Related Links:
  • Bio: Tom Watson
  • Full Coverage of The U.S. Senior Open
  • More Champions Tour Preview Information
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    Hadwin returns to site of last year's 59

    By Will GrayJanuary 17, 2018, 11:04 pm

    Adam Hadwin had a career season last year, one that included shooting a 59 and winning a PGA Tour event. But those two achievements didn't occur in the same week.

    While Hadwin's breakthrough victory came at the Valspar Championship in March, it was at the CareerBuilder Challenge in January when he first made headlines with a third-round 59 at La Quinta Country Club. Hadwin took a lead into the final round as a result, but he ultimately couldn't keep pace with Hudson Swafford.

    He went on to earn a spot at the Tour Championship, and Hadwin made his first career Presidents Cup appearance in October. Now the Canadian returns to Palm Springs, eager to improve on last year's result and hoping to earn a spot in the final group for a third straight year after a T-6 finish in 2016.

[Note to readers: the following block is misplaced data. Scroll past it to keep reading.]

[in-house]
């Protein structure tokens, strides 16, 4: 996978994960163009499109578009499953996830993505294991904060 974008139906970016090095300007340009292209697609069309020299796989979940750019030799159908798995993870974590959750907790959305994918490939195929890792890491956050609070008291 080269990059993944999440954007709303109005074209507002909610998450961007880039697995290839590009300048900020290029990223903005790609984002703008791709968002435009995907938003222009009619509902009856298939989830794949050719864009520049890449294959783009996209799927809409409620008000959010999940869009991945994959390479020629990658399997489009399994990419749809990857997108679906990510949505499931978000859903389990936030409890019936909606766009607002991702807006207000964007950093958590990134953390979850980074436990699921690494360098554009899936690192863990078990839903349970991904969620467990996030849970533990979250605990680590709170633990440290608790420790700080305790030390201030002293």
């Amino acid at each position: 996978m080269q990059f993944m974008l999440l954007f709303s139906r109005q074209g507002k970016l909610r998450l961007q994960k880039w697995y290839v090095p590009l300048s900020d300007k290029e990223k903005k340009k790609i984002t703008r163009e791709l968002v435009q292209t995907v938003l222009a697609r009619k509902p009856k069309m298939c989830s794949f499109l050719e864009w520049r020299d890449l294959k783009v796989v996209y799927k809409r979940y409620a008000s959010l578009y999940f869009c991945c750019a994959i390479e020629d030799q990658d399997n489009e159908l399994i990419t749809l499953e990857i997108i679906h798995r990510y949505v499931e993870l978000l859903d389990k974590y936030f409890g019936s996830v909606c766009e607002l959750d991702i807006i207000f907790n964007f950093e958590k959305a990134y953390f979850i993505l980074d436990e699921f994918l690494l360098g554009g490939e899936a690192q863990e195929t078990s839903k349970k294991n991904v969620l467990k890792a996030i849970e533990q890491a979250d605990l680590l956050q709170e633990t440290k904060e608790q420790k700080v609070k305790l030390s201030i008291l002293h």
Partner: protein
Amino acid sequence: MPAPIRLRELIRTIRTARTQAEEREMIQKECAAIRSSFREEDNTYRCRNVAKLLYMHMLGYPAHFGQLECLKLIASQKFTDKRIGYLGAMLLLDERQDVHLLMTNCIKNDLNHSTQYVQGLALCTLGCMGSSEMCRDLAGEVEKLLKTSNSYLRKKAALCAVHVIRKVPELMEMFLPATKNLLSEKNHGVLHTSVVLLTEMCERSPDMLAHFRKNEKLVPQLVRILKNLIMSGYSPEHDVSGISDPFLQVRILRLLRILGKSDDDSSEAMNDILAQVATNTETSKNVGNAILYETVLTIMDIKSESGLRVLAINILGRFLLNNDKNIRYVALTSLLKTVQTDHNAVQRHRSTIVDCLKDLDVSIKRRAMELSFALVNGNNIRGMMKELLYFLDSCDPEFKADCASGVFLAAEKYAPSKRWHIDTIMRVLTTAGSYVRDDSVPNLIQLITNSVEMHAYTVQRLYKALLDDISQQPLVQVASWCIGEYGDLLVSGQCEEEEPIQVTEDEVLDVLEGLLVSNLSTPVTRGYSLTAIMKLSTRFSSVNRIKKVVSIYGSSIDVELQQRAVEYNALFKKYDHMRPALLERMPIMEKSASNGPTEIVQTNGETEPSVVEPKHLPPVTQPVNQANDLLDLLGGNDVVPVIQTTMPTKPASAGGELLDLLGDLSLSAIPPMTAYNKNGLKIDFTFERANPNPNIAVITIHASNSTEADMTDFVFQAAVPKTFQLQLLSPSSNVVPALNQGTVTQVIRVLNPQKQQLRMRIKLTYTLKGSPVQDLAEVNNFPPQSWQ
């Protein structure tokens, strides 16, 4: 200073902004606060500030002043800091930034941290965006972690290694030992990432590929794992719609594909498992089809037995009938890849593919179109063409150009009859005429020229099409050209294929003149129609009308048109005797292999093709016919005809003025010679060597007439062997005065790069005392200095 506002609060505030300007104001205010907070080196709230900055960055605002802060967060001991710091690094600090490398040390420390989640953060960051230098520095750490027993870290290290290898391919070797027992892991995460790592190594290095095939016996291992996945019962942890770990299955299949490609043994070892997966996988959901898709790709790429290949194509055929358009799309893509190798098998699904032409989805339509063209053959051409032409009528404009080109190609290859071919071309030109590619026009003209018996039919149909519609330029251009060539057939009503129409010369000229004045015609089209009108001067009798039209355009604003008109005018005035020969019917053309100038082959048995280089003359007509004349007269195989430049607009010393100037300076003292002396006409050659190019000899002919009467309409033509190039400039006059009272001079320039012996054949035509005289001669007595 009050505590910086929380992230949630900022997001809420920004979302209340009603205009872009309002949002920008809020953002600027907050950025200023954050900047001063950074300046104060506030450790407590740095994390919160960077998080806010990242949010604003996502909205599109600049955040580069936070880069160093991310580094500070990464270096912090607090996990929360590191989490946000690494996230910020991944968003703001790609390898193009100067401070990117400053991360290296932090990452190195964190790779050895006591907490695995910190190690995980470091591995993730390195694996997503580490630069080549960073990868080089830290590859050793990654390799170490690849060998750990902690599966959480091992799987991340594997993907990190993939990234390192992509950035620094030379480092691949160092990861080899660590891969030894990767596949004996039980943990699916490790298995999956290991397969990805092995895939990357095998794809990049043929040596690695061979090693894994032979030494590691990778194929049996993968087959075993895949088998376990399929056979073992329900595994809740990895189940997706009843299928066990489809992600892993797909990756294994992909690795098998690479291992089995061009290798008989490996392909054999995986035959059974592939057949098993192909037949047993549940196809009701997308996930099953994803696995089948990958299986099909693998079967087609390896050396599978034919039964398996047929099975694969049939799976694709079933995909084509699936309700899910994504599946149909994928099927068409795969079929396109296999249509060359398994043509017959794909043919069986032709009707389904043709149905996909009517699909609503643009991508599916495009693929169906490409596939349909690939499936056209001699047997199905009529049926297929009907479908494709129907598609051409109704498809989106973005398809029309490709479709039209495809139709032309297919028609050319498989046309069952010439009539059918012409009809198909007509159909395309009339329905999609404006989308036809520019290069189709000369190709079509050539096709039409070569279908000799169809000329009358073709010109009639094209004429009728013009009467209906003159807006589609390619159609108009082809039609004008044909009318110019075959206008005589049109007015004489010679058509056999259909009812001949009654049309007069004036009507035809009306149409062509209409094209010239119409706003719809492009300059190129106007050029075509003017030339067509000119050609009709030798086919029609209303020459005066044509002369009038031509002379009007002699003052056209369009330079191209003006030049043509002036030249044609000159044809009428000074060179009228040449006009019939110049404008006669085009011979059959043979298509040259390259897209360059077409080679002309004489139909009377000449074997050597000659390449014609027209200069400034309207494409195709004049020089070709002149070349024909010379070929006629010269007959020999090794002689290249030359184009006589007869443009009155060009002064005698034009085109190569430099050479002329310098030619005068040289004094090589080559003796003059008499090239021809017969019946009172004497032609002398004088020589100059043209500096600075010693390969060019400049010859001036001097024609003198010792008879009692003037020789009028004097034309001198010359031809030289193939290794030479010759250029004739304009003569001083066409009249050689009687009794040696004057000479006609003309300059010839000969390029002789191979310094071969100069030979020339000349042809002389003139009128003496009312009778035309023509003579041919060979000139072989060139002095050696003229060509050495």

"A lot of good memories here in the desert," Hadwin told reporters. "I feel very comfortable here, very at home. Lots of Canadians, so it's always fun to play well in front of those crowds and hopefully looking forward to another good week."

    Hadwin's 59 last year was somewhat overshadowed, both by the fact that he didn't win the event and that it came just one week after Justin Thomas shot a 59 en route to victory at the Sony Open. But he's still among an exclusive club of just eight players to have broken 60 in competition on Tour and he's eager to get another crack at La Quinta on Saturday.

    "If I'm in the same position on 18, I'm gunning for 58 this year," Hadwin said, "not playing safe for 59."